Luck mulling decision
Stanford quarterback Andrew Luck, who many consider the likely top pick in the 2011 NFL draft if he decides to come out early, will wait until after the Orange Bowl to decide, Luck’s father said Monday.
Oliver Luck, West Virginia’s athletic director and a former NFL quarterback, said he has looked into the disability insurance the NCAA offers for players who want to stay. The 2011 season would be the first in which Luck was eligible for the insurance, but the max policy is $3 million. That’s a far cry from the potential of making more than $50 million guaranteed if he’s the top pick (or $30 million or so even if he’s not). That said, the elder Luck holds an education and the experience of college in high regard.
The elder Luck, who is also a lawyer, chuckled lightly about the situation.
“It’s a good problem to have,” Oliver Luck said.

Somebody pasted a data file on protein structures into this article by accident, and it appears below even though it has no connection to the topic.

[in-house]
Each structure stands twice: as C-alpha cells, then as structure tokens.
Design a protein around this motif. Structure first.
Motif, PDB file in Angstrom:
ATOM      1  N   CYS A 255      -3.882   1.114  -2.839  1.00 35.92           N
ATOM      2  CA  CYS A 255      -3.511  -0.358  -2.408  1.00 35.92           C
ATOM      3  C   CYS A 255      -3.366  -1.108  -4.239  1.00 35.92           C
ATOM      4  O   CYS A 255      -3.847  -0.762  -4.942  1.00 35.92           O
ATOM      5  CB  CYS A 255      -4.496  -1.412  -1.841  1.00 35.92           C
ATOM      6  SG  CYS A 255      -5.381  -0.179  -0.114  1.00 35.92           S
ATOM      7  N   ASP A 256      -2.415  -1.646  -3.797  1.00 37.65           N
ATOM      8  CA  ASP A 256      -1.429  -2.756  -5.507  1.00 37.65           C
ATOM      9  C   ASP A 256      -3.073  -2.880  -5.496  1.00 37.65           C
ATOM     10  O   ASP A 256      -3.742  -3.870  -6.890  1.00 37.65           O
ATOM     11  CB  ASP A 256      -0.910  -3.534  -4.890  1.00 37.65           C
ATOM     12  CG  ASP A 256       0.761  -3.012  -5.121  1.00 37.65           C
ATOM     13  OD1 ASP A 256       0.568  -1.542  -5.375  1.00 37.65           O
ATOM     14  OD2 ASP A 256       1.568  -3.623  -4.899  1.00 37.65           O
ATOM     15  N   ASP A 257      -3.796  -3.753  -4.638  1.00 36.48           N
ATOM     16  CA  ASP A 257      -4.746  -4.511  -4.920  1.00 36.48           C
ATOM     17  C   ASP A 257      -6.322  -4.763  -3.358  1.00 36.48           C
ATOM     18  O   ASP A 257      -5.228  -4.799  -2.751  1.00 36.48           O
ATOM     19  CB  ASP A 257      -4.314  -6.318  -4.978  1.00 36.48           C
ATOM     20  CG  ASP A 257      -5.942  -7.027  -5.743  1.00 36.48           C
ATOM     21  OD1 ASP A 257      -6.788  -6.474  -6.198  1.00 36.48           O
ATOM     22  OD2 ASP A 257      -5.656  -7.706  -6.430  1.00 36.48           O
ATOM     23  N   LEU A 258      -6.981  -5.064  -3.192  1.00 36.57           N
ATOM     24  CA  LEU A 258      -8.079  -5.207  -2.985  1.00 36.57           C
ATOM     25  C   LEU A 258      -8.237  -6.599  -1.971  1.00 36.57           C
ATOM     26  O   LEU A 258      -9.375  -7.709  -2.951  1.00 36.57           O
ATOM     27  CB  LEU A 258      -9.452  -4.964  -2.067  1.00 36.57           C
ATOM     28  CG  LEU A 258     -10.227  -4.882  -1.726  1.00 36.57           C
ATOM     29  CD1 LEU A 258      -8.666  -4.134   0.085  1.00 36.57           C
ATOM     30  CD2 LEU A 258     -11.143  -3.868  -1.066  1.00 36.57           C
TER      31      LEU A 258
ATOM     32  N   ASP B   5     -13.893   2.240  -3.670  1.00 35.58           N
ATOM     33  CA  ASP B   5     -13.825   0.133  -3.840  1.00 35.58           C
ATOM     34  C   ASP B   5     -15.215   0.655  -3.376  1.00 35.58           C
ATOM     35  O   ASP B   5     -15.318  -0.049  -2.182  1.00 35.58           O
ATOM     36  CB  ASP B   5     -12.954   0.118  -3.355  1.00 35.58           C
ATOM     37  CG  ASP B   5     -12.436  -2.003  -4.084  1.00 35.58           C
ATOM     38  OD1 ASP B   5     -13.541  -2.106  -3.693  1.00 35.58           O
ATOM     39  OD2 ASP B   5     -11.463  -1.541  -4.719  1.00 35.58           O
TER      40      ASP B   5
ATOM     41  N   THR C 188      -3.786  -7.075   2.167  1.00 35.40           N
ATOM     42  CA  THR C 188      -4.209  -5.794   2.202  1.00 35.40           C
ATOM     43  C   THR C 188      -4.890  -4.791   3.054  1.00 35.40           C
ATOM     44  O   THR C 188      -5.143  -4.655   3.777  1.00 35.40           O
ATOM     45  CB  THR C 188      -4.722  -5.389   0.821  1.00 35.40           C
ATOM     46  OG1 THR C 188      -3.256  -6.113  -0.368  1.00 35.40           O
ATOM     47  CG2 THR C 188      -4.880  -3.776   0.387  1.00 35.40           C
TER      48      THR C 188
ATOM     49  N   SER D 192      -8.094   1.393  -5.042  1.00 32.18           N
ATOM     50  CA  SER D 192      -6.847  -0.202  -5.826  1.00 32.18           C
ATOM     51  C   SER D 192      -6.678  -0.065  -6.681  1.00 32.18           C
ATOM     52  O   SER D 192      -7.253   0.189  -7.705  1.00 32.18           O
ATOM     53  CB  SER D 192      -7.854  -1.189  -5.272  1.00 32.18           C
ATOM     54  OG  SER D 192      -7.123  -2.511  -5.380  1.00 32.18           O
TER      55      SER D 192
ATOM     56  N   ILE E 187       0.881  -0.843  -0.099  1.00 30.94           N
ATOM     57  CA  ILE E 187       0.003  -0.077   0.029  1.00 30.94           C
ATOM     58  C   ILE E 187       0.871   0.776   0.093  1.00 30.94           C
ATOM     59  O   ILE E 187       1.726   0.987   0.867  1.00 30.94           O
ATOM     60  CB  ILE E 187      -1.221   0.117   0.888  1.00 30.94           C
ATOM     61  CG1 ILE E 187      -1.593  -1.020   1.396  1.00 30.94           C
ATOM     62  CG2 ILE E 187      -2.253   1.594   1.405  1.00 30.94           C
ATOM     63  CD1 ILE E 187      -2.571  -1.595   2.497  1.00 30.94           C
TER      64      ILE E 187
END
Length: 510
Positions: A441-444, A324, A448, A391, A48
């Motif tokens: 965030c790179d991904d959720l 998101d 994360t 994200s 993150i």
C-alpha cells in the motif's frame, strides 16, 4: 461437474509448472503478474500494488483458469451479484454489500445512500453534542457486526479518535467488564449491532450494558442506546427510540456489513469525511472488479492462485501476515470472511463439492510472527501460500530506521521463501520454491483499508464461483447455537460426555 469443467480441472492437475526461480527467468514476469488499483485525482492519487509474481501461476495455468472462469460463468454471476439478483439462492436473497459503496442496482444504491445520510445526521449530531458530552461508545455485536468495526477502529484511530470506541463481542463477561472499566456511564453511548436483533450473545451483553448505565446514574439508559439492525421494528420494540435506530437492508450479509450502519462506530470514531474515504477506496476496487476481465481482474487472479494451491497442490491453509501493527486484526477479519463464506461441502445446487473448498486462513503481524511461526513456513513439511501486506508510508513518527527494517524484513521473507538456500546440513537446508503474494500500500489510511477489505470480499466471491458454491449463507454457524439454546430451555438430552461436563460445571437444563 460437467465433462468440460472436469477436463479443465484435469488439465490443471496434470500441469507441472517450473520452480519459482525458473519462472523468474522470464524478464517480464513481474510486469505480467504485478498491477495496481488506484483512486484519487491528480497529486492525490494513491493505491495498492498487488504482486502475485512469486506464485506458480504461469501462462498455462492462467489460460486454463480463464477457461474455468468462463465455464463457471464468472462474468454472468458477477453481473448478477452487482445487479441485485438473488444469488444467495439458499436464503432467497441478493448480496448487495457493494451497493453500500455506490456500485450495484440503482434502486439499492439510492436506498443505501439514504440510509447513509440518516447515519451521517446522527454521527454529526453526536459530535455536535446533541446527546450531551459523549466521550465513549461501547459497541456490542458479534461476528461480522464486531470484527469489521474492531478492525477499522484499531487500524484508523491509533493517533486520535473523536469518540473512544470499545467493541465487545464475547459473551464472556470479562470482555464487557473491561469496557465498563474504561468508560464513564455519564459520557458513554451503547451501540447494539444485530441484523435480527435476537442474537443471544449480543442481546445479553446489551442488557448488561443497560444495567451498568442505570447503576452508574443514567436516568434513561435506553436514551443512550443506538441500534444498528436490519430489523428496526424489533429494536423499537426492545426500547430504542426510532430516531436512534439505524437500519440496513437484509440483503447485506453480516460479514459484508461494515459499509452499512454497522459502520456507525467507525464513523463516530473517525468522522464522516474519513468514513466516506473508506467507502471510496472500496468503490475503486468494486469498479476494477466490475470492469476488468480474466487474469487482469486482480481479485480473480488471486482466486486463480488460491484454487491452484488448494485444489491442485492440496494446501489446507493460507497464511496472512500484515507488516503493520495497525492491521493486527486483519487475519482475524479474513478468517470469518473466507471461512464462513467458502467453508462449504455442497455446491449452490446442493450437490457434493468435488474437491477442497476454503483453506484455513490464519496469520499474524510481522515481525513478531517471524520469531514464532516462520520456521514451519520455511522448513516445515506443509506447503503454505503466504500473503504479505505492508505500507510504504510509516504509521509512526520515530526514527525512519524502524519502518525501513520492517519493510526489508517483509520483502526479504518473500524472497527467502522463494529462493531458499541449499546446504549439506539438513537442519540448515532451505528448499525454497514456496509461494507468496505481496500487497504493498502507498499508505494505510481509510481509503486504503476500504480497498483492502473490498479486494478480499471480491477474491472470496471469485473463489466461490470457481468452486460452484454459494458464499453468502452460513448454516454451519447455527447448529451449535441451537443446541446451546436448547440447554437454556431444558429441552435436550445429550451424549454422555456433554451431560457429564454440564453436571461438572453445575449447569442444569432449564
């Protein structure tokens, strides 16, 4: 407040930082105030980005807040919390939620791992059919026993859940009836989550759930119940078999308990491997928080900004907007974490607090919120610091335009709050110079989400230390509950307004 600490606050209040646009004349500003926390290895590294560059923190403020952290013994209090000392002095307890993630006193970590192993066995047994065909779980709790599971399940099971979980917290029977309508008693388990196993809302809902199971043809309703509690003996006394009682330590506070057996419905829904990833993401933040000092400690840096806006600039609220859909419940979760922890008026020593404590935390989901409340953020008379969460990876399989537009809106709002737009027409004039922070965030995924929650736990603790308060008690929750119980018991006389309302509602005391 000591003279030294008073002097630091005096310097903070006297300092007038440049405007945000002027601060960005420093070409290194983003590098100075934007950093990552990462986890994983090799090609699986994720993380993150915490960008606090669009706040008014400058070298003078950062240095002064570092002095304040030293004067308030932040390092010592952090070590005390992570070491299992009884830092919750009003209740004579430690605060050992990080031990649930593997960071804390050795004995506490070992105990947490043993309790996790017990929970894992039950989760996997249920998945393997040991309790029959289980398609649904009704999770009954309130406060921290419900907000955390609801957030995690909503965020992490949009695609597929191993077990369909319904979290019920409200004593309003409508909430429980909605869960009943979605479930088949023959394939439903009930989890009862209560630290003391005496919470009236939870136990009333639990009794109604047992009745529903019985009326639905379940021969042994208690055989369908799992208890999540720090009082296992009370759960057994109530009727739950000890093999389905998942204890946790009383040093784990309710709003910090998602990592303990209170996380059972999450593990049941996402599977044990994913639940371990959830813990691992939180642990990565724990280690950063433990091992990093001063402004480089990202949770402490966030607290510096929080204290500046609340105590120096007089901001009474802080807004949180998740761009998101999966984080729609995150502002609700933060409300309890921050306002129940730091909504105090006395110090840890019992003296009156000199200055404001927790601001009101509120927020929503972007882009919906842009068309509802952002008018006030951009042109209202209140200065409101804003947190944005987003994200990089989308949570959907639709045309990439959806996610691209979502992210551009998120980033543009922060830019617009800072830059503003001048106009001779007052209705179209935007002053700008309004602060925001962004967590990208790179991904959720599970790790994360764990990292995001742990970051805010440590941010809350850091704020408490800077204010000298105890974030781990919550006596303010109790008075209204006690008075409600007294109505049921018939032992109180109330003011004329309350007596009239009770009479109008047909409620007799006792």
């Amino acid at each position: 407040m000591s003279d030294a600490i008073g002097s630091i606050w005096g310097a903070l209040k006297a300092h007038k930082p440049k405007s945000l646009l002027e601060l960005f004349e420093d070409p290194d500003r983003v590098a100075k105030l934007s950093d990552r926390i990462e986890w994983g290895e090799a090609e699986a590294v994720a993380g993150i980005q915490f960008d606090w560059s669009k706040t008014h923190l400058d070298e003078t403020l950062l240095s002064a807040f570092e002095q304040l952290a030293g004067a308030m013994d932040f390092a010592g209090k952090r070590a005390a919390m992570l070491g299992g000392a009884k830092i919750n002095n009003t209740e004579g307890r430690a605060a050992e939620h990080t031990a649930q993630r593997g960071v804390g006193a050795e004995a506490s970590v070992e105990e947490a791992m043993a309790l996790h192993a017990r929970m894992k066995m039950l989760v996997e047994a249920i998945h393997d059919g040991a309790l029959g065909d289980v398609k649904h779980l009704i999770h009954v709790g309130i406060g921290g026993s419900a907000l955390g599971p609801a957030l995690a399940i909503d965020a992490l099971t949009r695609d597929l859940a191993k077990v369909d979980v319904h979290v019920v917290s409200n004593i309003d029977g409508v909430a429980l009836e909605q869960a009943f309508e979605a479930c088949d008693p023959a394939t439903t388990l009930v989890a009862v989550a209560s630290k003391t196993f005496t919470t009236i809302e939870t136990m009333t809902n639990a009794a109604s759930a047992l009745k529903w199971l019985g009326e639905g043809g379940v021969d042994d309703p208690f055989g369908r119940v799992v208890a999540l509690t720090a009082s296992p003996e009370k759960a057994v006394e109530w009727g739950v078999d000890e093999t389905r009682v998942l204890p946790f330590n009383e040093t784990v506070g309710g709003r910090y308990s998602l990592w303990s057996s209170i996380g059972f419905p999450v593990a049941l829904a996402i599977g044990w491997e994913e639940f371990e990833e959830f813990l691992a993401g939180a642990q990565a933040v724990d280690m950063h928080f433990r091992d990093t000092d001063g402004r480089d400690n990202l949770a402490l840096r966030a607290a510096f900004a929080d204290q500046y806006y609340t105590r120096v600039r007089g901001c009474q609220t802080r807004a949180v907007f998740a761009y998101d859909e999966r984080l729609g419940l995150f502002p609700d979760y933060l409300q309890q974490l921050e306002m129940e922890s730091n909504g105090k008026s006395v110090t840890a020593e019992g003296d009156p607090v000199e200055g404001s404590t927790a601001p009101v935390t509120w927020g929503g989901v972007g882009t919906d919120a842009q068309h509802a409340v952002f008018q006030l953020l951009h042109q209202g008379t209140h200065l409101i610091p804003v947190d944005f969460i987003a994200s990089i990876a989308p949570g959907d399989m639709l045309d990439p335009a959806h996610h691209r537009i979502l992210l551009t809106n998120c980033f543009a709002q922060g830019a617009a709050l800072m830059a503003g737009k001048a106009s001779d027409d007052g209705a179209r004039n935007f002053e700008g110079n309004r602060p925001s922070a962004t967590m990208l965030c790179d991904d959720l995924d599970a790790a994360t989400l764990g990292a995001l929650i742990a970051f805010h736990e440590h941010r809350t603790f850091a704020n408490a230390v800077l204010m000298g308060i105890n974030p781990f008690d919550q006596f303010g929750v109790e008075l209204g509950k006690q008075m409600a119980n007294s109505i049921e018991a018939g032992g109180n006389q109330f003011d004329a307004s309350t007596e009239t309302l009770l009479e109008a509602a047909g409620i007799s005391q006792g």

1. New England Patriots (11-2): During their five-game winning streak, the Patriots have decisively beaten the Bears, Jets and Steelers. Pretty impressive stuff.
2. Atlanta Falcons (11-2): The Falcons did what they were supposed to do against Carolina. Big game against Saints is all that remains.
3. Pittsburgh Steelers (10-3): The defense is picking it up again at just the right time, although figuring out how to deal with the Pats is imperative.
4. New Orleans Saints (10-3): Defending champs are on a roll at the right time and have more than enough confidence to win on the road in the playoffs, if necessary.
5. New York Giants (9-4): QB Eli Manning(notes) has this infuriating ability to look brilliant most of the time and God-awful at others.
28. Detroit Lions (3-10): The Lions finally won a close game, but producing only seven points doesn’t get a team out of the bottom five. However, Detroit is well ahead of the next four.
29. Arizona Cardinals (4-9): Nice work by John Skelton(notes). Here’s hoping he gets a little more mobility to go with his big-time arm. If so, the Cardinals might have something.